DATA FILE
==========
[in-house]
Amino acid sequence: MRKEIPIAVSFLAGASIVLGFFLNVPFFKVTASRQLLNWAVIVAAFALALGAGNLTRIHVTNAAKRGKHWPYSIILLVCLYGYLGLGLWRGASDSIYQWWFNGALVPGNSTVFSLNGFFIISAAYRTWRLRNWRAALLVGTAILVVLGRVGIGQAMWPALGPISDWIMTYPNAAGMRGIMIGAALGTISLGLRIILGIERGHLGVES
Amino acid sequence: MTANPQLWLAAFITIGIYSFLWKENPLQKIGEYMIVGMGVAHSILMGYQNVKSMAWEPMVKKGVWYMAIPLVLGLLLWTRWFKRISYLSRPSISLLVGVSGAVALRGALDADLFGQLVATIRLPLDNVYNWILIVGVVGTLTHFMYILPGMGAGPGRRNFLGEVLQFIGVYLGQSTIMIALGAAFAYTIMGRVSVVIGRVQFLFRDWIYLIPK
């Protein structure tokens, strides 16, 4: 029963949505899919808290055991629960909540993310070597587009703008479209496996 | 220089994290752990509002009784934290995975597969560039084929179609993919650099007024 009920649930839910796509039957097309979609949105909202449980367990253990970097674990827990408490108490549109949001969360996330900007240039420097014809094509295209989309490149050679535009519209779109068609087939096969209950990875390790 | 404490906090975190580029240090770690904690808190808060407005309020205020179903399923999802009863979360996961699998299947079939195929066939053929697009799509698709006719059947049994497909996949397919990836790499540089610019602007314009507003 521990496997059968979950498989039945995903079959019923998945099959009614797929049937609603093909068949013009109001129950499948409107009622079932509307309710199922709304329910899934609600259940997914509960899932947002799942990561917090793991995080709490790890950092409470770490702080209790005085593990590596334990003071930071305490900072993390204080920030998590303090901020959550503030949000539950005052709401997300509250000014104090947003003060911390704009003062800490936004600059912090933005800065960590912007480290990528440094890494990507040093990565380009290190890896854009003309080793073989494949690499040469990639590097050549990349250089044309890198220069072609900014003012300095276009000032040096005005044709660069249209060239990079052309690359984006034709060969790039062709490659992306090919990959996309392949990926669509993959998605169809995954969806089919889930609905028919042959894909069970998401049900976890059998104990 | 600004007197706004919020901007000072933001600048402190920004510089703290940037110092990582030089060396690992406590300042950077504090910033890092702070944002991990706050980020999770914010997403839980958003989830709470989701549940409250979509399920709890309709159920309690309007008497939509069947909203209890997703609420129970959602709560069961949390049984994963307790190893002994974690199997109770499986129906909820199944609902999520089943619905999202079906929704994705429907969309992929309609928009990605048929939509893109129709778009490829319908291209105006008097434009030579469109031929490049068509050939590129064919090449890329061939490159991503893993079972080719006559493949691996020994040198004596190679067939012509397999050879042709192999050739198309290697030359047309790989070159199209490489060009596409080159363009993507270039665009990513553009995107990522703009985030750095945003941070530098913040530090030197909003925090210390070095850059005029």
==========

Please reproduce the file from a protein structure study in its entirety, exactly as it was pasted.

[in-house]
Amino acid sequence: MRKEIPIAVSFLAGASIVLGFFLNVPFFKVTASRQLLNWAVIVAAFALALGAGNLTRIHVTNAAKRGKHWPYSIILLVCLYGYLGLGLWRGASDSIYQWWFNGALVPGNSTVFSLNGFFIISAAYRTWRLRNWRAALLVGTAILVVLGRVGIGQAMWPALGPISDWIMTYPNAAGMRGIMIGAALGTISLGLRIILGIERGHLGVES
Amino acid sequence: MTANPQLWLAAFITIGIYSFLWKENPLQKIGEYMIVGMGVAHSILMGYQNVKSMAWEPMVKKGVWYMAIPLVLGLLLWTRWFKRISYLSRPSISLLVGVSGAVALRGALDADLFGQLVATIRLPLDNVYNWILIVGVVGTLTHFMYILPGMGAGPGRRNFLGEVLQFIGVYLGQSTIMIALGAAFAYTIMGRVSVVIGRVQFLFRDWIYLIPK
């Protein structure tokens, strides 16, 4: 029963949505899919808290055991629960909540993310070597587009703008479209496996 | 220089994290752990509002009784934290995975597969560039084929179609993919650099007024 009920649930839910796509039957097309979609949105909202449980367990253990970097674990827990408490108490549109949001969360996330900007240039420097014809094509295209989309490149050679535009519209779109068609087939096969209950990875390790 | 404490906090975190580029240090770690904690808190808060407005309020205020179903399923999802009863979360996961699998299947079939195929066939053929697009799509698709006719059947049994497909996949397919990836790499540089610019602007314009507003 521990496997059968979950498989039945995903079959019923998945099959009614797929049937609603093909068949013009109001129950499948409107009622079932509307309710199922709304329910899934609600259940997914509960899932947002799942990561917090793991995080709490790890950092409470770490702080209790005085593990590596334990003071930071305490900072993390204080920030998590303090901020959550503030949000539950005052709401997300509250000014104090947003003060911390704009003062800490936004600059912090933005800065960590912007480290990528440094890494990507040093990565380009290190890896854009003309080793073989494949690499040469990639590097050549990349250089044309890198220069072609900014003012300095276009000032040096005005044709660069249209060239990079052309690359984006034709060969790039062709490659992306090919990959996309392949990926669509993959998605169809995954969806089919889930609905028919042959894909069970998401049900976890059998104990 | 600004007197706004919020901007000072933001600048402190920004510089703290940037110092990582030089060396690992406590300042950077504090910033890092702070944002991990706050980020999770914010997403839980958003989830709470989701549940409250979509399920709890309709159920309690309007008497939509069947909203209890997703609420129970959602709560069961949390049984994963307790190893002994974690199997109770499986129906909820199944609902999520089943619905999202079906929704994705429907969309992929309609928009990605048929939509893109129709778009490829319908291209105006008097434009030579469109031929490049068509050939590129064919090449890329061939490159991503893993079972080719006559493949691996020994040198004596190679067939012509397999050879042709192999050739198309290697030359047309790989070159199209490489060009596409080159363009993507270039665009990513553009995107990522703009985030750095945003941070530098913040530090030197909003925090210390070095850059005029």